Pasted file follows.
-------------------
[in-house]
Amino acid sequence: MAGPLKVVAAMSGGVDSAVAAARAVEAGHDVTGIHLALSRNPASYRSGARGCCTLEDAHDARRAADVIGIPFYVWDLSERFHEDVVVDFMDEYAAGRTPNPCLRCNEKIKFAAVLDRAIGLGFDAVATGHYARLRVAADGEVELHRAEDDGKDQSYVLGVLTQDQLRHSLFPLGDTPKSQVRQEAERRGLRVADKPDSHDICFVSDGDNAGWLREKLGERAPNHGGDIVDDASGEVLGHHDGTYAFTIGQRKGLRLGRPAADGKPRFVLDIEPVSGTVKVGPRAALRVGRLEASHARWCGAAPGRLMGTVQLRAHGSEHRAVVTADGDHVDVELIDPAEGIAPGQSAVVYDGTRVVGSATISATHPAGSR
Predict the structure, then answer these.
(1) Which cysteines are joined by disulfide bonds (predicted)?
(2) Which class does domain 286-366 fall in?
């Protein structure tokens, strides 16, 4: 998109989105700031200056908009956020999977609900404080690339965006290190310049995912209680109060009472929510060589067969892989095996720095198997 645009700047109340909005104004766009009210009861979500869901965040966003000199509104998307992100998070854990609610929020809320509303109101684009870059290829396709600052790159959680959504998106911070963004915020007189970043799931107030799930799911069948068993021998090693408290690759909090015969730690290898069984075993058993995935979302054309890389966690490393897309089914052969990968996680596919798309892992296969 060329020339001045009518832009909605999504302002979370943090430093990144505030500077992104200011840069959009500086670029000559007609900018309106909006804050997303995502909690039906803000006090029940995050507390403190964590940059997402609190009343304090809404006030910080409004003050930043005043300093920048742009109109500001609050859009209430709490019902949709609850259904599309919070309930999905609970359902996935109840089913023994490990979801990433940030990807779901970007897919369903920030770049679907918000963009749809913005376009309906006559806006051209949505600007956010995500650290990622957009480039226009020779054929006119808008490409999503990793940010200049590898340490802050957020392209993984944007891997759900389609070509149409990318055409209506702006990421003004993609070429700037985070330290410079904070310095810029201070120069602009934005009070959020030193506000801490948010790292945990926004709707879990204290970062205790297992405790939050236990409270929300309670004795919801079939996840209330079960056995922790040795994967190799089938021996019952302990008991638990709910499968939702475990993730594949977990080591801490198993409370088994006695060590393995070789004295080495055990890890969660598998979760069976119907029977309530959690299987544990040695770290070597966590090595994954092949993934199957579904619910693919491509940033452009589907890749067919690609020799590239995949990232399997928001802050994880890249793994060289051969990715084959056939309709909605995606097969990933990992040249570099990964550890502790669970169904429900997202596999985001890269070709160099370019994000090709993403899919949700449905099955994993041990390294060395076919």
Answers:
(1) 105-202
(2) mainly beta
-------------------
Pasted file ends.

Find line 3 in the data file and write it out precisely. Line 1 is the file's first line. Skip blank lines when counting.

Predict the structure, then answer these.